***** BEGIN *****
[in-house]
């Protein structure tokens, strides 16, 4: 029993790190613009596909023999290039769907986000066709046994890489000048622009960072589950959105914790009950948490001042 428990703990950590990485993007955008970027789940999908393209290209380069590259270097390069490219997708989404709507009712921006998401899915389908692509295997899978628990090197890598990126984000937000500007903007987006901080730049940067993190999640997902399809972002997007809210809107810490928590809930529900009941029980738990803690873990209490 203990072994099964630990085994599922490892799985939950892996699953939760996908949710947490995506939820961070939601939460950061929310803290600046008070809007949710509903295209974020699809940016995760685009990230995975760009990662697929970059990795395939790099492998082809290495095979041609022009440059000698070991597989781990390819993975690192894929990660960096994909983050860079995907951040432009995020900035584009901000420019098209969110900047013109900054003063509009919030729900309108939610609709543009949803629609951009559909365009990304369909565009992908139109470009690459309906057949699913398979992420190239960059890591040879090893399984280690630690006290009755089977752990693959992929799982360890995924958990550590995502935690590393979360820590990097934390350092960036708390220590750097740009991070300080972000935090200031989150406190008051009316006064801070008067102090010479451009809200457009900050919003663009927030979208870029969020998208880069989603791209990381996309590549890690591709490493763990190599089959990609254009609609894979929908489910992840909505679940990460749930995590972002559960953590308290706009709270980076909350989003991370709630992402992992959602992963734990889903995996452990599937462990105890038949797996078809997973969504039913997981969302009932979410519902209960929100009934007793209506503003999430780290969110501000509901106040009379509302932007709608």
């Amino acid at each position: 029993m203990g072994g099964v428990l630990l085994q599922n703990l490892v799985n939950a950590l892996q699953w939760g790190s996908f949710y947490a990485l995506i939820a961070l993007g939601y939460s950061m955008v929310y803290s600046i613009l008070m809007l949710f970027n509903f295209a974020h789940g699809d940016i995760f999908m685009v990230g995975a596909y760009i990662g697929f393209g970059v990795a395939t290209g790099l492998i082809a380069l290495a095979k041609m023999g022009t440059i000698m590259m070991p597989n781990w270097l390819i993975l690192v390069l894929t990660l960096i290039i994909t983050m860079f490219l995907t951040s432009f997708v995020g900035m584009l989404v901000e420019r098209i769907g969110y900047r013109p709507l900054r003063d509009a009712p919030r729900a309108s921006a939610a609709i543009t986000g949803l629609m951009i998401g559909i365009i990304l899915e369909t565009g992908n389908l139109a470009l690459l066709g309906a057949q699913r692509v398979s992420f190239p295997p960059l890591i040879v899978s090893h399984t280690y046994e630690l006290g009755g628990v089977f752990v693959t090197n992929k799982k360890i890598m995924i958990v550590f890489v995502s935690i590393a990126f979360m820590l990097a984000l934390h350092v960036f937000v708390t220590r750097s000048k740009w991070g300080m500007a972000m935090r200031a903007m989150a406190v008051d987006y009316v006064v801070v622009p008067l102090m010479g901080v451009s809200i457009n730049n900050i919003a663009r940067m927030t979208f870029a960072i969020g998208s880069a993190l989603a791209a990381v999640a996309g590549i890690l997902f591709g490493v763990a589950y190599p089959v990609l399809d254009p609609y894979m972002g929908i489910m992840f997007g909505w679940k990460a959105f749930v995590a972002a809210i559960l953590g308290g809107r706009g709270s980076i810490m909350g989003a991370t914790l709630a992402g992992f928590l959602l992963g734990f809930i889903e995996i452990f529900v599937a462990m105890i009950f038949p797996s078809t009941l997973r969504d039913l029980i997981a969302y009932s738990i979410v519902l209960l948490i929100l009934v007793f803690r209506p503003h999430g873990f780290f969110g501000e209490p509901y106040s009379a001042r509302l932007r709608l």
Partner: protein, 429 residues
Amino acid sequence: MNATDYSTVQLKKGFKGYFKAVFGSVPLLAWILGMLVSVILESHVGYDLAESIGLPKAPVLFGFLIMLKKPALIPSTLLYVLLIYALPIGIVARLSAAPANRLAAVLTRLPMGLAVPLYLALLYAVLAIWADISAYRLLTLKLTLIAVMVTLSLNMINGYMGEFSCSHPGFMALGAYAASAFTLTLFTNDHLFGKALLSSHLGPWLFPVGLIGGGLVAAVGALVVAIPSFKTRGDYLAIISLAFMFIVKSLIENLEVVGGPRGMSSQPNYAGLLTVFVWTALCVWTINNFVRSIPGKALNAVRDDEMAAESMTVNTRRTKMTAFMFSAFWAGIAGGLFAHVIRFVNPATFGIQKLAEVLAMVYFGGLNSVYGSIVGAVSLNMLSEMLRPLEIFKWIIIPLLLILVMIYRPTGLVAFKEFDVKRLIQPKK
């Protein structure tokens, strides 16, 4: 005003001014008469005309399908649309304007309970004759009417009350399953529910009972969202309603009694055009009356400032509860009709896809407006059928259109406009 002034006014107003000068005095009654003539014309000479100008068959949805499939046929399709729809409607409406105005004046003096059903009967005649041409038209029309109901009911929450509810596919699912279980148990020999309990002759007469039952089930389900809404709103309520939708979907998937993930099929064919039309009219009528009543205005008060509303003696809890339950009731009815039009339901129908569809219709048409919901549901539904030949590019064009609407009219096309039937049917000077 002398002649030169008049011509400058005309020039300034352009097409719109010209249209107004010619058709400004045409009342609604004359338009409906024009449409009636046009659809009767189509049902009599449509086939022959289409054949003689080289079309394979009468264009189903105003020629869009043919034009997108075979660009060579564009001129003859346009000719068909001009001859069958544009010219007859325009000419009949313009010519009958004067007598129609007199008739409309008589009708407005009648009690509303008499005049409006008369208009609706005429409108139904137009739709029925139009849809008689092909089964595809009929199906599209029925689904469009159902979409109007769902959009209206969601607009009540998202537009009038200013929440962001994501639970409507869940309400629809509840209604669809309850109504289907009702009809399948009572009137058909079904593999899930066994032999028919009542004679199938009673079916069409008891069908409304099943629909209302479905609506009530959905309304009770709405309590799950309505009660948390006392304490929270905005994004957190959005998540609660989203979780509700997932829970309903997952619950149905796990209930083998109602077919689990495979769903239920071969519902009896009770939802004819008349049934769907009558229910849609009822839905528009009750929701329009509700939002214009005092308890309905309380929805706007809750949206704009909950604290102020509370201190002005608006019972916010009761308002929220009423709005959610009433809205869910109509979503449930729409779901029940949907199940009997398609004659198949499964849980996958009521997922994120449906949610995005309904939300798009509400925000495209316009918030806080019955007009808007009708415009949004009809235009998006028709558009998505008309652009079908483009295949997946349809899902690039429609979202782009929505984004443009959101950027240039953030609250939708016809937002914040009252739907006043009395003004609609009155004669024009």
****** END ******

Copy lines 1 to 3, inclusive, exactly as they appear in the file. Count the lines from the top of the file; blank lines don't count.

[in-house]
């Protein structure tokens, strides 16, 4: 029993790190613009596909023999290039769907986000066709046994890489000048622009960072589950959105914790009950948490001042 428990703990950590990485993007955008970027789940999908393209290209380069590259270097390069490219997708989404709507009712921006998401899915389908692509295997899978628990090197890598990126984000937000500007903007987006901080730049940067993190999640997902399809972002997007809210809107810490928590809930529900009941029980738990803690873990209490 203990072994099964630990085994599922490892799985939950892996699953939760996908949710947490995506939820961070939601939460950061929310803290600046008070809007949710509903295209974020699809940016995760685009990230995975760009990662697929970059990795395939790099492998082809290495095979041609022009440059000698070991597989781990390819993975690192894929990660960096994909983050860079995907951040432009995020900035584009901000420019098209969110900047013109900054003063509009919030729900309108939610609709543009949803629609951009559909365009990304369909565009992908139109470009690459309906057949699913398979992420190239960059890591040879090893399984280690630690006290009755089977752990693959992929799982360890995924958990550590995502935690590393979360820590990097934390350092960036708390220590750097740009991070300080972000935090200031989150406190008051009316006064801070008067102090010479451009809200457009900050919003663009927030979208870029969020998208880069989603791209990381996309590549890690591709490493763990190599089959990609254009609609894979929908489910992840909505679940990460749930995590972002559960953590308290706009709270980076909350989003991370709630992402992992959602992963734990889903995996452990599937462990105890038949797996078809997973969504039913997981969302009932979410519902209960929100009934007793209506503003999430780290969110501000509901106040009379509302932007709608």
């Amino acid at each position: 029993m203990g072994g099964v428990l630990l085994q599922n703990l490892v799985n939950a950590l892996q699953w939760g790190s996908f949710y947490a990485l995506i939820a961070l993007g939601y939460s950061m955008v929310y803290s600046i613009l008070m809007l949710f970027n509903f295209a974020h789940g699809d940016i995760f999908m685009v990230g995975a596909y760009i990662g697929f393209g970059v990795a395939t290209g790099l492998i082809a380069l290495a095979k041609m023999g022009t440059i000698m590259m070991p597989n781990w270097l390819i993975l690192v390069l894929t990660l960096i290039i994909t983050m860079f490219l995907t951040s432009f997708v995020g900035m584009l989404v901000e420019r098209i769907g969110y900047r013109p709507l900054r003063d509009a009712p919030r729900a309108s921006a939610a609709i543009t986000g949803l629609m951009i998401g559909i365009i990304l899915e369909t565009g992908n389908l139109a470009l690459l066709g309906a057949q699913r692509v398979s992420f190239p295997p960059l890591i040879v899978s090893h399984t280690y046994e630690l006290g009755g628990v089977f752990v693959t090197n992929k799982k360890i890598m995924i958990v550590f890489v995502s935690i590393a990126f979360m820590l990097a984000l934390h350092v960036f937000v708390t220590r750097s000048k740009w991070g300080m500007a972000m935090r200031a903007m989150a406190v008051d987006y009316v006064v801070v622009p008067l102090m010479g901080v451009s809200i457009n730049n900050i919003a663009r940067m927030t979208f870029a960072i969020g998208s880069a993190l989603a791209a990381v999640a996309g590549i890690l997902f591709g490493v763990a589950y190599p089959v990609l399809d254009p609609y894979m972002g929908i489910m992840f997007g909505w679940k990460a959105f749930v995590a972002a809210i559960l953590g308290g809107r706009g709270s980076i810490m909350g989003a991370t914790l709630a992402g992992f928590l959602l992963g734990f809930i889903e995996i452990f529900v599937a462990m105890i009950f038949p797996s078809t009941l997973r969504d039913l029980i997981a969302y009932s738990i979410v519902l209960l948490i929100l009934v007793f803690r209506p503003h999430g873990f780290f969110g501000e209490p509901y106040s009379a001042r509302l932007r709608l």